It seems that a Border Collie puppy on the outskirts of Glasgow, Scotland didn’t get the message that those War Kittens are just a gimmick to sell credit cards or that the Border Collie war is one of words and deeds and not bullets.
Little “Charlie” (an apropos name for a budding guerrilla warrior) turned an aerosol can into an improvised explosive device and tried to burn his owner’s house down. Charlie climbed up the furniture to access a bookshelf to get to the can and punctured it with his teeth in front of the gas fireplace.
Attentive neighbors heard the explosion and rescued the puppy and the house before the fire got out of hand.
Perhaps Charlie is a home grown terrorist in training, perhaps he really hated the living room carpet (it clashed with the gunmetal blue couch), or perhaps he’s just a curious 11 week old Border Collie puppy who was left unattended “for a couple of hours.”
When you have a dog that is as smart as a five year old child, you really have to take the same precautions that you would for a toddler. While most people would consider a puppy baby sitter out of the question (why? My folks watch my dogs all the time) perhaps there’s no better example of why crate training is a must than Little Charlie setting the house on fire.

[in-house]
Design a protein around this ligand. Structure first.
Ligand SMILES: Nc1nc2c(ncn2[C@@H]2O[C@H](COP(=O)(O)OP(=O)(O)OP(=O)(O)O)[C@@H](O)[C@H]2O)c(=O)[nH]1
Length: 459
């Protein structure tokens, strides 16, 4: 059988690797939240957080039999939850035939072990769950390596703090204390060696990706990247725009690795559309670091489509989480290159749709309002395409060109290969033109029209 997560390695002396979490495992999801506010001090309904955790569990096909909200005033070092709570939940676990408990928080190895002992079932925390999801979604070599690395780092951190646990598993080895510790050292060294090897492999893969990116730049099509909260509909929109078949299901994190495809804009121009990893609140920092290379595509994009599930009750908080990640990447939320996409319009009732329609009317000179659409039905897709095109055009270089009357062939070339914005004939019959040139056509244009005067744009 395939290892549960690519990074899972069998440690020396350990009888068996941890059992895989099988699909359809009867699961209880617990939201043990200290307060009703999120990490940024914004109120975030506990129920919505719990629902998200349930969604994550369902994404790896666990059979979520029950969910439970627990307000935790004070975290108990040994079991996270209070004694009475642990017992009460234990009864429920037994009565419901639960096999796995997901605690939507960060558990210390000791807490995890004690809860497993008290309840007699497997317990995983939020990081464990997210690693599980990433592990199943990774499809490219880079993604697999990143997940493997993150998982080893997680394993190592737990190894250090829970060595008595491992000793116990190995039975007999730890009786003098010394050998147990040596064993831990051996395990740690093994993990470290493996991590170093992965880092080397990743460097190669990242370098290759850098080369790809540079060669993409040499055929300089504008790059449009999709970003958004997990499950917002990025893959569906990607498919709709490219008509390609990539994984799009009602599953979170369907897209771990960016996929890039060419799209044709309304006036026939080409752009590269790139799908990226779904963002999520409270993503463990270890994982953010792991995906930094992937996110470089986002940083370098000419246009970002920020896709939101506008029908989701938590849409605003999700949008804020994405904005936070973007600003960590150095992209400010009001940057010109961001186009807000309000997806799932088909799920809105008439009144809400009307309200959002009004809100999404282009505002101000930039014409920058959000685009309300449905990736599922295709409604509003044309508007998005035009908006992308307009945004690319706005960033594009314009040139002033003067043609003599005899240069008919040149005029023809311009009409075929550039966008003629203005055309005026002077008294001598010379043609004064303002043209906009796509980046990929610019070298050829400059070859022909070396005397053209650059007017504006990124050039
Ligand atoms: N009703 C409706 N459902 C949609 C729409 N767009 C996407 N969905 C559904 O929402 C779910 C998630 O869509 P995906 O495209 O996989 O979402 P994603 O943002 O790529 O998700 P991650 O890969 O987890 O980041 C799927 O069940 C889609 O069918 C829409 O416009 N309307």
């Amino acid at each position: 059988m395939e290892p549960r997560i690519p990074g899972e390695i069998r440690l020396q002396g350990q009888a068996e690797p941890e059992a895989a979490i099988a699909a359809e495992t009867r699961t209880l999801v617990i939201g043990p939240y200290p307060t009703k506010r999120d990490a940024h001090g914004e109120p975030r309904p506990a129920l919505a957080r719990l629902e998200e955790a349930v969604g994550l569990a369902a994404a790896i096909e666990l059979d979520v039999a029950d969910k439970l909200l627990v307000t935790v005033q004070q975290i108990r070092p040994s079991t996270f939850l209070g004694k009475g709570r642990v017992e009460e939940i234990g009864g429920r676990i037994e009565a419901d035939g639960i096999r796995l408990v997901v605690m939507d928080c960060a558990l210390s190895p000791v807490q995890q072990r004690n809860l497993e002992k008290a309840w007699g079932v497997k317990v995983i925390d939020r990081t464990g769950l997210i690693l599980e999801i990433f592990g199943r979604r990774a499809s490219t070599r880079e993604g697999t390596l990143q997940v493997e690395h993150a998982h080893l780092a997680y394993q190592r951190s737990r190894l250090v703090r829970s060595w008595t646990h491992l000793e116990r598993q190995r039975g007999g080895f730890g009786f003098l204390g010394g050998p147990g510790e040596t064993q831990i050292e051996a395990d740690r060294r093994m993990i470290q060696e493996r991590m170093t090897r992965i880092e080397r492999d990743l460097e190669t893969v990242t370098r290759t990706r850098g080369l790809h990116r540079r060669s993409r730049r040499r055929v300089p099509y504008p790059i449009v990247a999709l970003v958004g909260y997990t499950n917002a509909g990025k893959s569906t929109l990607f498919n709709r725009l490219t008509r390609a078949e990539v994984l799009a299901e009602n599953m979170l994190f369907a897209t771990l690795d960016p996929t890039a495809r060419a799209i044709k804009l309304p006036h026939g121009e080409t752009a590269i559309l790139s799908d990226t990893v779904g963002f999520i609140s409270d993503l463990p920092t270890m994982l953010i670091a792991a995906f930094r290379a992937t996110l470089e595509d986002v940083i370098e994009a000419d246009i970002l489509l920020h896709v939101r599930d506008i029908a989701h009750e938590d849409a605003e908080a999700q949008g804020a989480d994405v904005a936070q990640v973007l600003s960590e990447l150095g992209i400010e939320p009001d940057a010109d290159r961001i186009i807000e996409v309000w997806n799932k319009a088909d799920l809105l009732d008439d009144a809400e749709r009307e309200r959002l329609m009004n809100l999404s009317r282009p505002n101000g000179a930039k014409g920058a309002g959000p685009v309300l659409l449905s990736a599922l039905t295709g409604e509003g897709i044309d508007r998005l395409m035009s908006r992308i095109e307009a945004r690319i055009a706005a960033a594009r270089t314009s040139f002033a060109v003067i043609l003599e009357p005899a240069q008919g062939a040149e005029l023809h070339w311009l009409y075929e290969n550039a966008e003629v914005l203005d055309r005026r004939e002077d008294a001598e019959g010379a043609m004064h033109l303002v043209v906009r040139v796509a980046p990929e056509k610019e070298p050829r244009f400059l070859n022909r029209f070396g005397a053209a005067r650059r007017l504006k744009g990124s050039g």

While it’s considered cruel and unusual to lock a toddler in a cage (call it a crib or a playpen and you’re ok), a puppy with a toy or a bone is just fine in a kennel for a good chunk of time as long as you’re smart enough to take them to the bathroom before you go and reward them for being good with some active play when you get home.
My dogs love their crates and often retreat to them on their own to put themselves to bed or for a quiet place to eat a bone away from the other dogs. It’s not cruel to crate train, it is cruel to give an unattended dog every opportunity to hurt or kill themselves simply because you’re not willing to take the effort to make a crate a positive experience.
Thanks to Poodle (and Dog) Blog for the heads up.
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